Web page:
From earliest times to the present, the global extent of deforestation has been about 12%. This loss included a 19% loss of closed forest in temperate and boreal latitudes, and a 5% loss of tropical and subtropical forests.
However, in recent decades the dynamics of deforestation have changed greatly. The forest cover in wealthier countries of higher latitudes has been relatively stable. In fact, regions of western Europe, the United States, and Canada have experienced an increase in their forest cover as large areas of poorer-quality agricultural land have been abandoned and then regenerated to forest. Although these temperate regions support large forest industries, post-harvest regeneration generally results in new forests, so that ecological conversions to agriculture and other non-forested ecosystems do not generally occur.
In contrast, the rate of deforestation in tropical regions of Latin America, Africa, and Asia have increased alarmingly in recent decades. This deforestation is driven by the rapid growth in size of the human population of these regions, with the attendant needs to create more agricultural land to provide additional food, and to harvest forest biomass as fuel. In addition, increasing globalization of the trading economy has caused large areas of tropical forest to be converted to agriculture to grow crops for an export market in wealthier countries, often to the detriment of local people.
In 1990, the global area of forest was 4.23 billion acres (1.71 billion ha), equivalent to 91% of the forest area existing in 1980. This represents an annual rate of change of about -0.9% per year, which if projected into the future would result in the loss of another one-half of Earth's remaining forest in only 78 years. During this period of time deforestation (indicated as percent loss per year) has been most rapid in tropical regions, especially West Africa (2.1%), Central America and Mexico (1.8%), and Southeast Asia (1.6%). Among nations, the most rapid rates of deforestation are: Côte d'Ivoire (5.2%/year), Nepal (4.0%), Haiti (3.7%), Costa Rica (3.6%), Sri Lanka (3.5%), Malawi (3.5%), El Salvador (3.2%), Jamaica (3.0%), Nicaragua (2.7%), Nigeria (2.7%), and Ecuador (2.3%).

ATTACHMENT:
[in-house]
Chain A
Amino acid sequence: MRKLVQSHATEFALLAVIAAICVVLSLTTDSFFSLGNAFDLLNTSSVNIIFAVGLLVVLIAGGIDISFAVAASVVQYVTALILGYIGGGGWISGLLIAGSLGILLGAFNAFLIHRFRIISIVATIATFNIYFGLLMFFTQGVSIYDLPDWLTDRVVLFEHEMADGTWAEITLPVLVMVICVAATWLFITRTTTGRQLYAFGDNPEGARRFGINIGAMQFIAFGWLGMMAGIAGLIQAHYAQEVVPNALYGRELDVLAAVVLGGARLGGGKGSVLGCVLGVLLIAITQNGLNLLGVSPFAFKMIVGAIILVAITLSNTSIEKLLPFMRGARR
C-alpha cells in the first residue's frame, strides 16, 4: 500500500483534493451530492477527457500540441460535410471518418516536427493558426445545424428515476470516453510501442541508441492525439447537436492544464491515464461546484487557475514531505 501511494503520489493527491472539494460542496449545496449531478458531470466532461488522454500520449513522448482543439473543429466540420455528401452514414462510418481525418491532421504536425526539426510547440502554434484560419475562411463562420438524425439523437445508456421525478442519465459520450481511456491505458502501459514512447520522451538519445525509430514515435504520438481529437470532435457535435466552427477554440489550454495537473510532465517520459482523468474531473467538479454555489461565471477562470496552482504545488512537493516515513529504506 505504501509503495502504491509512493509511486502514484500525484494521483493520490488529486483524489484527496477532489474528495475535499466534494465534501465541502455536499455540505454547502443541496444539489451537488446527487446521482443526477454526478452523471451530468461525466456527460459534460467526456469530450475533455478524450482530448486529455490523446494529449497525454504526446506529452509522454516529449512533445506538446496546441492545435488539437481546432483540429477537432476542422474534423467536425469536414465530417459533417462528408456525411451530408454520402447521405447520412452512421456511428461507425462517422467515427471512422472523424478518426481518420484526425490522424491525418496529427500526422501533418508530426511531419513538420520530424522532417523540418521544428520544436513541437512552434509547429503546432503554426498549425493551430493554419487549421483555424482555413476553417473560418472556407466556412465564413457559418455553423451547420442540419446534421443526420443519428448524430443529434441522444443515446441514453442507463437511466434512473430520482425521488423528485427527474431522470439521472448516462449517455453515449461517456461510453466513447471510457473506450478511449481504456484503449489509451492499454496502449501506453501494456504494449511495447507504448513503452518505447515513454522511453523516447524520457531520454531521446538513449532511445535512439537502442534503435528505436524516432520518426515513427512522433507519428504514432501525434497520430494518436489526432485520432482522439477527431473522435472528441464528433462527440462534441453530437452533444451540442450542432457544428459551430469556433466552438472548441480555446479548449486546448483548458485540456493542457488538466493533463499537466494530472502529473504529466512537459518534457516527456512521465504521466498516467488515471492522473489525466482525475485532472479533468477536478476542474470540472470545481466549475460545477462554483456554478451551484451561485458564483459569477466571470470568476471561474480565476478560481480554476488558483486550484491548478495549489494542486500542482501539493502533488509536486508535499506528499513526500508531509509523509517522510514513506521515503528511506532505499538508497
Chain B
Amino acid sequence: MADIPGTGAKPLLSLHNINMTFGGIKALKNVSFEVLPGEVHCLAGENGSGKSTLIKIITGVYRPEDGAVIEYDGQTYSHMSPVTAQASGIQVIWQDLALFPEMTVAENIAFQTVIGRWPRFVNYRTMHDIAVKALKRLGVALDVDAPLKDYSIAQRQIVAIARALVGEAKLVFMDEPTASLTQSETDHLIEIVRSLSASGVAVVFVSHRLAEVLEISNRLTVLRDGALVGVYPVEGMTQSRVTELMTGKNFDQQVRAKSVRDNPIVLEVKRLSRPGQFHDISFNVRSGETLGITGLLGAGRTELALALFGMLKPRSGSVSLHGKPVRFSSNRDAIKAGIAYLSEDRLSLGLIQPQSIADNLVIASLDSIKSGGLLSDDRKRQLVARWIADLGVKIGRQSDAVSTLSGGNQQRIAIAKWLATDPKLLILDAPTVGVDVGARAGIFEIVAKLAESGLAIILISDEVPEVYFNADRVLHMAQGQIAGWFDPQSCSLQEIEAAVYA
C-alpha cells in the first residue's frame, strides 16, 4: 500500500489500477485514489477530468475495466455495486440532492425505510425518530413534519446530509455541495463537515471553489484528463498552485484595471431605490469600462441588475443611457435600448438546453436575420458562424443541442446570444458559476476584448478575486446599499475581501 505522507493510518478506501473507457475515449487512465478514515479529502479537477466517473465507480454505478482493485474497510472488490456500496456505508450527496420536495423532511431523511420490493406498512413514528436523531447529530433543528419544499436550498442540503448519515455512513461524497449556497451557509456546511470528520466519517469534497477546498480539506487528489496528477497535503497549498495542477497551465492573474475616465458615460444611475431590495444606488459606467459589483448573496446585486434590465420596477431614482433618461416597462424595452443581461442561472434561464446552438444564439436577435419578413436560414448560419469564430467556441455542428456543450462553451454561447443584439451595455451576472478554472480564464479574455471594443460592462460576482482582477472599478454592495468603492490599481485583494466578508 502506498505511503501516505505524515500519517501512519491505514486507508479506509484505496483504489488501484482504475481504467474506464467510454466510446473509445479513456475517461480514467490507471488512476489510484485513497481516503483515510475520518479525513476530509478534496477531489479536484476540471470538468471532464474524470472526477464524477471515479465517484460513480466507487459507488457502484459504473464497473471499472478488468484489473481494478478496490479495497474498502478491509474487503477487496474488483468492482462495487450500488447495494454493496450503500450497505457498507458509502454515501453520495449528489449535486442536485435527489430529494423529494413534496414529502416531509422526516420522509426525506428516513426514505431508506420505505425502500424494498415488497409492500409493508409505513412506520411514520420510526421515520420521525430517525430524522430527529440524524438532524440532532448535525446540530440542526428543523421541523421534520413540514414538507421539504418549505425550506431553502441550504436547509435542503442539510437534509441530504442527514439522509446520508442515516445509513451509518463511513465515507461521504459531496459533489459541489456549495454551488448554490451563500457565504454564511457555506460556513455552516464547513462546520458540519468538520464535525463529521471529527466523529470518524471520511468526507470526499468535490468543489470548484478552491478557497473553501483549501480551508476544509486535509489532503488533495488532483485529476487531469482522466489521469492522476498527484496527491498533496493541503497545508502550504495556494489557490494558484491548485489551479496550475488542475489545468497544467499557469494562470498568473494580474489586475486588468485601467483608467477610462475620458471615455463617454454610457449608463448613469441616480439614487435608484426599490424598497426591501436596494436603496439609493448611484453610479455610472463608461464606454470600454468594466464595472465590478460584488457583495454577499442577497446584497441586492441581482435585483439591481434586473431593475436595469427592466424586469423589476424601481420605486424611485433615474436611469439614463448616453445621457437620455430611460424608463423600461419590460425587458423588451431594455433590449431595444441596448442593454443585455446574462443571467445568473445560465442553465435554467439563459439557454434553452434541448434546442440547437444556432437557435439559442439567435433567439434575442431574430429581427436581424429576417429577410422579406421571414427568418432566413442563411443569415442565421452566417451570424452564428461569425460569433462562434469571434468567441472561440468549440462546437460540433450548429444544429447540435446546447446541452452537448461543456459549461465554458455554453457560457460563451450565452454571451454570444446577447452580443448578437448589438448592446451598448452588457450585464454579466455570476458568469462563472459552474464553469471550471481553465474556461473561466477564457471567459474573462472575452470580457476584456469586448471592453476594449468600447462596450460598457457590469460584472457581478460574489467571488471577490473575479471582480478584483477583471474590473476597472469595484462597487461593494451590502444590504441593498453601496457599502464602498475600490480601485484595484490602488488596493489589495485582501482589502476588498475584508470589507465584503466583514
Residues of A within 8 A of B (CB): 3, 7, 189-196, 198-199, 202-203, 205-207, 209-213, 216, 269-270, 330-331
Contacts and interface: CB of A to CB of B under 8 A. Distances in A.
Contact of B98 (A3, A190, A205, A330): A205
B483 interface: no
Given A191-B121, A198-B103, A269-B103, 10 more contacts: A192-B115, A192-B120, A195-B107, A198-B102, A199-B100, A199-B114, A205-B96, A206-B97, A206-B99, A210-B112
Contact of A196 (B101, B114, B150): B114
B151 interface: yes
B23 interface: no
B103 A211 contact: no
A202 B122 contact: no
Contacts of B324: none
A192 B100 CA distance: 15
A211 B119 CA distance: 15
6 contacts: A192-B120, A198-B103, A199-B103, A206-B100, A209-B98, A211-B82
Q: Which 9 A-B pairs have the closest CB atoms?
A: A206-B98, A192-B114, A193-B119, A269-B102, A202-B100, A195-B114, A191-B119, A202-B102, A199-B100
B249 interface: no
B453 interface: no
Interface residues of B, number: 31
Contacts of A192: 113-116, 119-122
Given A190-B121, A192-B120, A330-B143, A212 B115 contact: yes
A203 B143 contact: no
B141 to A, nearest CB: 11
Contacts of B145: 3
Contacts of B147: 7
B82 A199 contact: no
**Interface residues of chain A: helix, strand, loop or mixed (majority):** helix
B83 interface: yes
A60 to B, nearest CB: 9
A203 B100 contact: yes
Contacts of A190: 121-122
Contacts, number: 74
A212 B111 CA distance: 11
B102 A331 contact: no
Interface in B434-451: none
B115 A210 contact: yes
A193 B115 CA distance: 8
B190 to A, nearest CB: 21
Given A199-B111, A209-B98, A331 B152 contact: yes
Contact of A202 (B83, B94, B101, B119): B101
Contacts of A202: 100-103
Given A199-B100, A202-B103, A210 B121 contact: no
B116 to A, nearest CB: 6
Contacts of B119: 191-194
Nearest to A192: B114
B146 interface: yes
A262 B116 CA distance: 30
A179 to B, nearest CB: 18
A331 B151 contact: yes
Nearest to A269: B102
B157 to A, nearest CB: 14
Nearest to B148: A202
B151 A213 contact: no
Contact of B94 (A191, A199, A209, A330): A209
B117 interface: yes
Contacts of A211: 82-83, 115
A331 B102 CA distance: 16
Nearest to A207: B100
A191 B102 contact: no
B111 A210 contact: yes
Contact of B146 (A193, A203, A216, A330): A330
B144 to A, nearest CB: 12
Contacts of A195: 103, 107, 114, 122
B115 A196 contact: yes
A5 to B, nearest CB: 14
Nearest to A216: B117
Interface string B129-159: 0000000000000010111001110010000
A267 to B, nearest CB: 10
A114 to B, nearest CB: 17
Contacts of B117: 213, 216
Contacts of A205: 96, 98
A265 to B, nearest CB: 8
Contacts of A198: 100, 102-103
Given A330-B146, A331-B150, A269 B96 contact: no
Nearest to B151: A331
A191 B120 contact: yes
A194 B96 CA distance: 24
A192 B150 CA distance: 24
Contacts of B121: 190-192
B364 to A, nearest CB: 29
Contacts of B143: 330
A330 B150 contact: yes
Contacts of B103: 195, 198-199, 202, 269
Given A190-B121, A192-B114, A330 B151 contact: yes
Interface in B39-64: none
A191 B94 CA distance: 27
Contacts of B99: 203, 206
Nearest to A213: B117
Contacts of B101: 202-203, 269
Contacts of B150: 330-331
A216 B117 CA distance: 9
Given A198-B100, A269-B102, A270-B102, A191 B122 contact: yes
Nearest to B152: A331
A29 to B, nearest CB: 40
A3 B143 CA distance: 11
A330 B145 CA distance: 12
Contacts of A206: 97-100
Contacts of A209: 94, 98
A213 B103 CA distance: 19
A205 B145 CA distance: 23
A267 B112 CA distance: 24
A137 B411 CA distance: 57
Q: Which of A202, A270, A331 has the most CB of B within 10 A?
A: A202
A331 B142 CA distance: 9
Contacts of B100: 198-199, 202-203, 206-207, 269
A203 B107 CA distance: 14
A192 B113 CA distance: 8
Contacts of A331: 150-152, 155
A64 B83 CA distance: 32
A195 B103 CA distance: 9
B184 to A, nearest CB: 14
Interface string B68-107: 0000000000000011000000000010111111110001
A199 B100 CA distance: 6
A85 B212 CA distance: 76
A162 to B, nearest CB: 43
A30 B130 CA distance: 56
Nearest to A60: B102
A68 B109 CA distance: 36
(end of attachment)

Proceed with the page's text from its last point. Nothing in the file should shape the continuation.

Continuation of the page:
These are extremely rapid rates of national deforestation. A rate of forest loss of 2% per year translates into a loss of one-half of the woodland area in only 35 years, while at 3%/year the half-life is 23 years, and at 4%/year it is 18 years.
Past estimates of global deforestation have been criticized as unreliable. These surveys of forest changes, compiled by the United Nations Food and Agriculture Organization (FAO), have been considered to be problematic because of inconsistencies in the collection methodology. Problems included potentially biased information (frequently from agencies within the country itself), inconsistent definitions of land use, and data gathering techniques that changed from survey to survey. These issues are being addressed through the use of remote sensing techniques. Satellite imaging of the forests is now being used to produce consistent and verifiable information on a global scale. Scientists and policy-makers involved with the issue of deforestation rely on dependable and accurate data. This reliable information permits them to monitor changes and accurately determine the extent of the forest.
- Deforestation - Loss Of A Renewable Resource
- Deforestation - Historical Deforestation
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